Powazynski sees derivative 10k projects as a direct consequence of limited supply and high demand for blue-chip NFTs. He emphasized that successful projects need time to develop brand loyalty and that in order for it to stand out from the pack, it will have to operate on a higher level of creativity that clearly pushes innovation. “Projects just don’t have time to establish themselves,” he said. “And developing brand loyalty requires time. So naturally those that missed out will look to other projects.”

Finn feels this derivative bandwagon is driven by creators who take advantage of the impulse humans have to want to latch onto something familiar. “Art is supposed to reflect who we are as a species, and there’s a lot of 10k projects that don’t reflect that at all,” he said, then added, “most of them are overwhelmingly hollow and meaningless. Instead of thinking, ‘How is my art original and exciting to ‘me,’ some of the creators are thinking, ‘What buttons can I push that will open up their wallets?’”

 An upside: Powazynski believes that this current oversaturation will drive more innovation and require projects to execute at a higher level to stand out from the pack.

Case in point:


Sure, it’s easy to talk the generative art talk, but can I walk the generative art walk?

With 5 minutes of my life to spare, it’s time to create the ultimate worst 10k generative project known to humanity. You know, something truly horrible–to exhibit alongside CyberKongz–while the market is still hot on PFPs.

 Time to brainstorm.

10k Colonel Sanders? Maybe, but too dystopian being that there’s a good chance KFC will probably do their own version in six months. (Oh wait, it’s already been done.) Perhaps something vile that will repulse peoplesuch as ten thousand generative Joe Rogans? No, that too already exists, and it was done non-ironically.

Same with a generative art Bill Cosby (ugh) and a generative art Tucker Carlson (more ugh).

In this creative renaissance, pretty much every horrible idea imaginable already exists and can be found for sale on OpenSea. So, I go for something obscure – a 10k  generative art project based on a famous Swiss psychiatrist…except…ugh! Someone already beat me to the pixelated Carl Jung punch. (Same goes for Ernest Shakleton.)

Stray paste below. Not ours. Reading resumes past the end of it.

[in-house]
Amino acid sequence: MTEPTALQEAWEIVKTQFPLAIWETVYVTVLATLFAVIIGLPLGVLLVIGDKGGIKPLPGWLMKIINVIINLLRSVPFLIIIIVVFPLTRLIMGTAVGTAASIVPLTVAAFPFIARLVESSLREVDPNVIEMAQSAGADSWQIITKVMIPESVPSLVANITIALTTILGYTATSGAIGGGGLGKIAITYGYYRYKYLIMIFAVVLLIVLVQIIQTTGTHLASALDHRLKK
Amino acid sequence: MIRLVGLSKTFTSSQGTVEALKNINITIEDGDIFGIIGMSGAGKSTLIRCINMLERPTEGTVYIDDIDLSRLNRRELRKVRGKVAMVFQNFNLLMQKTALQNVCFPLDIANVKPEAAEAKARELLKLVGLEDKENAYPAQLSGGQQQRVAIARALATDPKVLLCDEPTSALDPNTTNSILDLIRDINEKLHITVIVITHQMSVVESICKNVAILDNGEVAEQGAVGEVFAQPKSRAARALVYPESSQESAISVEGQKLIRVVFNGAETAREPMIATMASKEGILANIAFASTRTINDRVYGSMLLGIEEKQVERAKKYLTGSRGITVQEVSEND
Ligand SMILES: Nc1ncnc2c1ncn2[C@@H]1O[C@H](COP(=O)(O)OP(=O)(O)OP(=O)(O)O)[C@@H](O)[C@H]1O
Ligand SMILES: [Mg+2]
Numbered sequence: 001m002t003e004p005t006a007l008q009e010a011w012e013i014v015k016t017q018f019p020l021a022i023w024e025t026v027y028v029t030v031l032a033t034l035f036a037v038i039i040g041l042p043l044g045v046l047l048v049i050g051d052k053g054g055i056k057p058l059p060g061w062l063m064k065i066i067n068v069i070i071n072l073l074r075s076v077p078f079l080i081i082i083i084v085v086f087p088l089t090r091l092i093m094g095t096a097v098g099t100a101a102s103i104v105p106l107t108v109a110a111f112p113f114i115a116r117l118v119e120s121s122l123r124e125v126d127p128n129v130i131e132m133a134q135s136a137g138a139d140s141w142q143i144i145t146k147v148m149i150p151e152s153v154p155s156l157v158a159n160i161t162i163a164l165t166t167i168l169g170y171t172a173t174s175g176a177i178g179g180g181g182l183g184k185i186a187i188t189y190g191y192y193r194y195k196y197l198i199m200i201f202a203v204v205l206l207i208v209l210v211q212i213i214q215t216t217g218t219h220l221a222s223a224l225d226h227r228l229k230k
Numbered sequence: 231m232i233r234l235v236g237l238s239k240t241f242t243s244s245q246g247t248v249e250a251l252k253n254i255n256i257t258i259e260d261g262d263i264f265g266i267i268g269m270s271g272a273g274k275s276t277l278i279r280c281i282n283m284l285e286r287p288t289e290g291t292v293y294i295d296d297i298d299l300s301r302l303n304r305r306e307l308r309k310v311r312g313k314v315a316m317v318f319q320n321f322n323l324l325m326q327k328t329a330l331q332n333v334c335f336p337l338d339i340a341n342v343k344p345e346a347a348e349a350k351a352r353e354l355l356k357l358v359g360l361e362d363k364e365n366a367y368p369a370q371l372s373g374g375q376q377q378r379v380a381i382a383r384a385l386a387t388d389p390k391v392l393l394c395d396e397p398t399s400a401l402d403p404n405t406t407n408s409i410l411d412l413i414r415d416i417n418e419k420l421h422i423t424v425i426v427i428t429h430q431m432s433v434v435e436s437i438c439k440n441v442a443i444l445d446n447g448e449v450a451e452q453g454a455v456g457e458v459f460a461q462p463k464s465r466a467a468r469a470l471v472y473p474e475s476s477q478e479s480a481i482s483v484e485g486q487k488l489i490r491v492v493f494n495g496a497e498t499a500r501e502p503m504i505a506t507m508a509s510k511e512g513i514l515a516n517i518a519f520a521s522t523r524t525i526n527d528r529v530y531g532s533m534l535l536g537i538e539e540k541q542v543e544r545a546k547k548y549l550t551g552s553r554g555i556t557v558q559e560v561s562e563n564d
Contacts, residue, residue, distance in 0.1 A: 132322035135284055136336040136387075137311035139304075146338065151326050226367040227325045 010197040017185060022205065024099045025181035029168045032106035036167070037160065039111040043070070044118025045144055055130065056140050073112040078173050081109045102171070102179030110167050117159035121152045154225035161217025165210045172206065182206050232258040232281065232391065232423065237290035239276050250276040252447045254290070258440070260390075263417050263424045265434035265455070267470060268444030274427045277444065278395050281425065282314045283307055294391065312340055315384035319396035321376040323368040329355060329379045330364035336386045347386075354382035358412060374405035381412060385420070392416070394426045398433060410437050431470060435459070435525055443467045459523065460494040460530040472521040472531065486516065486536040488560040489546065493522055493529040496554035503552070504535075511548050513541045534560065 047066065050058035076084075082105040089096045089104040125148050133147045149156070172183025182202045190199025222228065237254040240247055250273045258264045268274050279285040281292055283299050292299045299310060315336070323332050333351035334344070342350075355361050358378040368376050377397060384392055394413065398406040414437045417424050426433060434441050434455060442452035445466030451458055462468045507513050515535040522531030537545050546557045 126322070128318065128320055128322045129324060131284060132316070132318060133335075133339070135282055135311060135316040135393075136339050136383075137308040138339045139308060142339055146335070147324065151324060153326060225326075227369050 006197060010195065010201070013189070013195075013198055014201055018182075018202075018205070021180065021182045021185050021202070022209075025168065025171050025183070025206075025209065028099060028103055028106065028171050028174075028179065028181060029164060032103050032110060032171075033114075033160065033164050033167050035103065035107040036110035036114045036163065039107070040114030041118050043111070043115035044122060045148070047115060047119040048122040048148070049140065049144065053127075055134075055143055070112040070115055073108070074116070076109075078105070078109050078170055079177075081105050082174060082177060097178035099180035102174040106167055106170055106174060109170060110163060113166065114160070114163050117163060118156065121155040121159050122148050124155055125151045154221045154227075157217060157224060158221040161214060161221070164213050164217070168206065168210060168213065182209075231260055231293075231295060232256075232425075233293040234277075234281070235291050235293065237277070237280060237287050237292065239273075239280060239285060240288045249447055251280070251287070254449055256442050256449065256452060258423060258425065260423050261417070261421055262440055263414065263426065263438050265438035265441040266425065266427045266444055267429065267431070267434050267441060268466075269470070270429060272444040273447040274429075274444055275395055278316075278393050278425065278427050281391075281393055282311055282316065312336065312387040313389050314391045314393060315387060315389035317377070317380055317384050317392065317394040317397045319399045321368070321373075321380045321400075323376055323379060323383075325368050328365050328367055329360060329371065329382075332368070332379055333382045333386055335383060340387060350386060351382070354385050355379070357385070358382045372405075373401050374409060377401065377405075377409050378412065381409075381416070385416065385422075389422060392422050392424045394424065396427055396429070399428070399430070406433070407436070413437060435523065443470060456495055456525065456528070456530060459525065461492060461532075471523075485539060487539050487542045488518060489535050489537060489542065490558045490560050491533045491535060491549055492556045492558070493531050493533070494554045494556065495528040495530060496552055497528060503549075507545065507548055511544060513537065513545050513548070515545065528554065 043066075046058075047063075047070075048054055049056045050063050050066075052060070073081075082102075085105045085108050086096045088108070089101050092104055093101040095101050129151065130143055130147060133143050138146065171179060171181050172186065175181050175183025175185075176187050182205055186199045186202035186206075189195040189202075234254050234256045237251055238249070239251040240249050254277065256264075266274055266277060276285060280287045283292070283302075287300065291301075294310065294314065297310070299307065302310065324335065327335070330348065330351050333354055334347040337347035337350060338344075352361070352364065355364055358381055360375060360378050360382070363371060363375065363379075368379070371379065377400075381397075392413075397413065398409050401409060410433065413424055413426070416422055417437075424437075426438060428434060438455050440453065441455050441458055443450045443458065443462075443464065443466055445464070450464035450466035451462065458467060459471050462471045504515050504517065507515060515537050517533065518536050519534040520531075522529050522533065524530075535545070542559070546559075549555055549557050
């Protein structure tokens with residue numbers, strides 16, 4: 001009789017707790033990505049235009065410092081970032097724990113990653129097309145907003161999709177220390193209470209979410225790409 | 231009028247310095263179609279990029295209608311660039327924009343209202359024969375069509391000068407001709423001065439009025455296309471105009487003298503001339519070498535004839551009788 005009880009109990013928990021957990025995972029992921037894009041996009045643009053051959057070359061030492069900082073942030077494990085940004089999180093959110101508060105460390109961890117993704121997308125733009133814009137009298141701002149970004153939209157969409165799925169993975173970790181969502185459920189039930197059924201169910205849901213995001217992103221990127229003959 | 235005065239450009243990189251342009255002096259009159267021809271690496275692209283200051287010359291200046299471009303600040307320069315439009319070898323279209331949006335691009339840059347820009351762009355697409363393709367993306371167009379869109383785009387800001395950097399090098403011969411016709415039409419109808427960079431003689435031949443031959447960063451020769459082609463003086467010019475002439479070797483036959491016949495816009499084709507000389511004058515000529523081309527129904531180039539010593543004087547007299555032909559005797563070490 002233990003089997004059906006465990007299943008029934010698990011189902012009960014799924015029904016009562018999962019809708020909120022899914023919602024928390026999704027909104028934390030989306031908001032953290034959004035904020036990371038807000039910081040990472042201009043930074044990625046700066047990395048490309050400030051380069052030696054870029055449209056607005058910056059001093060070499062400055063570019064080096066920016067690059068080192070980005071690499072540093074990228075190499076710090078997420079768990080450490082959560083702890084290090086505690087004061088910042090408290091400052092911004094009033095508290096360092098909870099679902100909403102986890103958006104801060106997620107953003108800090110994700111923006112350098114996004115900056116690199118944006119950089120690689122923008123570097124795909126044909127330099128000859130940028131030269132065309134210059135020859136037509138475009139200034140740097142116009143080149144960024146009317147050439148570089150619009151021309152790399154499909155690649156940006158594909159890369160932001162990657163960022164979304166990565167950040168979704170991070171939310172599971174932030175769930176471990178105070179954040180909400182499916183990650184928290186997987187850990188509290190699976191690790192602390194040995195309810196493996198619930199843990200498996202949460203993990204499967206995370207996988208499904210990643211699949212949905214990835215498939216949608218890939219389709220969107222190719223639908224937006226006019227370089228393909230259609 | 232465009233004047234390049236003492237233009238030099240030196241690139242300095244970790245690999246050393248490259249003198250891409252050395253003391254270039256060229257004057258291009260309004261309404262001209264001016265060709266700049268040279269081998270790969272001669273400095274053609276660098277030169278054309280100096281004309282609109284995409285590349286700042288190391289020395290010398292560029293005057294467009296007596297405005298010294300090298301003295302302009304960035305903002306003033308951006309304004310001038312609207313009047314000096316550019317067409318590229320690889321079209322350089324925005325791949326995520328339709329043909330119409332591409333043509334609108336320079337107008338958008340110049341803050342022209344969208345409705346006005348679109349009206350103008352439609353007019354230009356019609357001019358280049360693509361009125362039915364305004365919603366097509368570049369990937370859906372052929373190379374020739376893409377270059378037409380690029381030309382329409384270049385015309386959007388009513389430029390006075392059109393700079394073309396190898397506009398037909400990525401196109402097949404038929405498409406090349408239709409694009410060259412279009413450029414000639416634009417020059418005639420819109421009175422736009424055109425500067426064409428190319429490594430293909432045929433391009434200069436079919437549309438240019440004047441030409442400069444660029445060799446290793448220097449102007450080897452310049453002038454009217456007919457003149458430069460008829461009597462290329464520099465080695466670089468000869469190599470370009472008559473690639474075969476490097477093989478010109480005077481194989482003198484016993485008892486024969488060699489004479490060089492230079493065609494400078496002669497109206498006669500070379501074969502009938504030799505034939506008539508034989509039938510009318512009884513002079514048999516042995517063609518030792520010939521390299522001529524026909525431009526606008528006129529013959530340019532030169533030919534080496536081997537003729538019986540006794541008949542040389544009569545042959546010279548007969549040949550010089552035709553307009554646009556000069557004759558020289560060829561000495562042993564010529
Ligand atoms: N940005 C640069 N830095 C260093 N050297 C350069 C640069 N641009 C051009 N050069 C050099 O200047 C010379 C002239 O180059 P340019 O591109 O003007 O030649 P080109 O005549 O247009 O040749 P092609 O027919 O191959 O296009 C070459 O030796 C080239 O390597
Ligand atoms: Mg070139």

The fact that there is already a pixelated Carl Jung collection might not be the sure sign that generative projects have officially gone off the cliff, but I’d wager it means we are at least inside the gift shop for this inaugural eraright before going off the cliff.

Thus, after much deliberation, I settle on creating my MMA Curie 10k collection.

So Where Do We Go From Here?

WhaleShark, the orator of all NFT collectors, sees only a handful of 10k projects retaining value in the future. He views 10k and PFP projects as the base use case of NFT technology; starter kits, if you will, which tap into the predominant collector mentality for profitability, and not societal integration and expansion.

In the whole NFT realm of things: “Generative projects are more similar to tulips than anyone is willing to admit,” WhaleShark asserted.

In an ideal generative art world, Powazynski would love it if the mainstream focused less on how much Paris Hilton paid for a Bored Ape and more on generative art stories that focused on technological innovations, the formation of inclusive communities, philanthropic efforts, and the opportunities that NFTs are unlocking through collaboration and networking overall. “The current narrative of the NFT space for those on the outside needs to be better balanced as the mainstream coverage of Web3 focuses mainly on flipping PFPs for huge gains and portrays the space as a get-rich-quick pyramid scheme,” he told me.

Adelina also affirms that NFT skepticism can be diluted through educating people on projects that have a long-term vision and deliver on their promise. “People will learn to be more selective with the type of projects they want to support,” she said. “As collectors get more and more educated, it will be easier for them to pick collections that they think have potential.” 

 Most creators are in agreement that generative projects are the genesis of numerous things to come since they’ve already led to new forms of community and storytelling experiences.

“The ones that do it successfully really truly birth an energy that is not found in any other industry,” Finn mused. “There’s a common excitement that we can use this technology to kind of evolve us into the future,” he said. “We’re just at the beginning of the beginning in what we will see in generative art.”

And, with those wise words echoing in my ears, I watch my 10k MMA Curie project generate within minutesbringing me the same sensation as throwing spaghetti against a wall hoping that one will be a Bored Ape that writes the complete works of William Shakespeare.


Harmon Leon

Harmon Leon is the the author of eight books—the latest is: 'Tribespotting: Undercover (Cult)ure Stories.' Harmon's stories have appeared in VICE, Esquire, The Nation, National Geographic, Salon, Ozy, Huffington Post, NPR’s 'This American Life' and Wired. He's produced video content for Vanity Fair, The Atlantic, Timeline, Out, FX, Daily Mail, Yahoo Sports, National Lampoon and VH1. Harmon has appeared on This American Life, The Howard Stern Show, Last Call With Carson Daly, Penn & Teller’s Bullshit, MSNBC, Spike TV, VH1, FX, as well as the BBC—and he's performed comedy around the world, including the Edinburgh, Melbourne, Dublin, Vancouver and Montreal Comedy Festivals. Follow Harmon on Twitter @harmonleon.